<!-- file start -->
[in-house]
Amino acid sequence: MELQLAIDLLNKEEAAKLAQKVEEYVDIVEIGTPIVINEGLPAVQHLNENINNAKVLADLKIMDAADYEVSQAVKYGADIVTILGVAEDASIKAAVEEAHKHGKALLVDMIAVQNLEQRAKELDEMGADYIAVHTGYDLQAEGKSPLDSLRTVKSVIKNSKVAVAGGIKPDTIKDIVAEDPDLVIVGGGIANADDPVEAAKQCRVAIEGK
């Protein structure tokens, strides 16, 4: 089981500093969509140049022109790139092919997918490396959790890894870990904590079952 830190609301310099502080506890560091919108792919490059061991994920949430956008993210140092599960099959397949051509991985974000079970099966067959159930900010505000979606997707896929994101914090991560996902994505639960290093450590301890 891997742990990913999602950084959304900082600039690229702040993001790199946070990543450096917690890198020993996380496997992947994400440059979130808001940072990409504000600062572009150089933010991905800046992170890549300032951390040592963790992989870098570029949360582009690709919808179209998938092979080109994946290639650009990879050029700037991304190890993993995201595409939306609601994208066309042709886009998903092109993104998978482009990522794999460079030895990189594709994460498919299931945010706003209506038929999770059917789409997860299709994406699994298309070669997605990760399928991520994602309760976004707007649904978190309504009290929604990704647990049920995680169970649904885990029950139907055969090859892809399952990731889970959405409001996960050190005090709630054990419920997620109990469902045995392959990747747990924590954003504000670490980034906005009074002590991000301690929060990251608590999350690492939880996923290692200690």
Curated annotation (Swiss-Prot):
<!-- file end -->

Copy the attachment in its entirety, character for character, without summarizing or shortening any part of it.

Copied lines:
[in-house]
Amino acid sequence: MELQLAIDLLNKEEAAKLAQKVEEYVDIVEIGTPIVINEGLPAVQHLNENINNAKVLADLKIMDAADYEVSQAVKYGADIVTILGVAEDASIKAAVEEAHKHGKALLVDMIAVQNLEQRAKELDEMGADYIAVHTGYDLQAEGKSPLDSLRTVKSVIKNSKVAVAGGIKPDTIKDIVAEDPDLVIVGGGIANADDPVEAAKQCRVAIEGK
């Protein structure tokens, strides 16, 4: 089981500093969509140049022109790139092919997918490396959790890894870990904590079952 830190609301310099502080506890560091919108792919490059061991994920949430956008993210140092599960099959397949051509991985974000079970099966067959159930900010505000979606997707896929994101914090991560996902994505639960290093450590301890 891997742990990913999602950084959304900082600039690229702040993001790199946070990543450096917690890198020993996380496997992947994400440059979130808001940072990409504000600062572009150089933010991905800046992170890549300032951390040592963790992989870098570029949360582009690709919808179209998938092979080109994946290639650009990879050029700037991304190890993993995201595409939306609601994208066309042709886009998903092109993104998978482009990522794999460079030895990189594709994460498919299931945010706003209506038929999770059917789409997860299709994406699994298309070669997605990760399928991520994602309760976004707007649904978190309504009290929604990704647990049920995680169970649904885990029950139907055969090859892809399952990731889970959405409001996960050190005090709630054990419920997620109990469902045995392959990747747990924590954003504000670490980034906005009074002590991000301690929060990251608590999350690492939880996923290692200690």
Curated annotation (Swiss-Prot):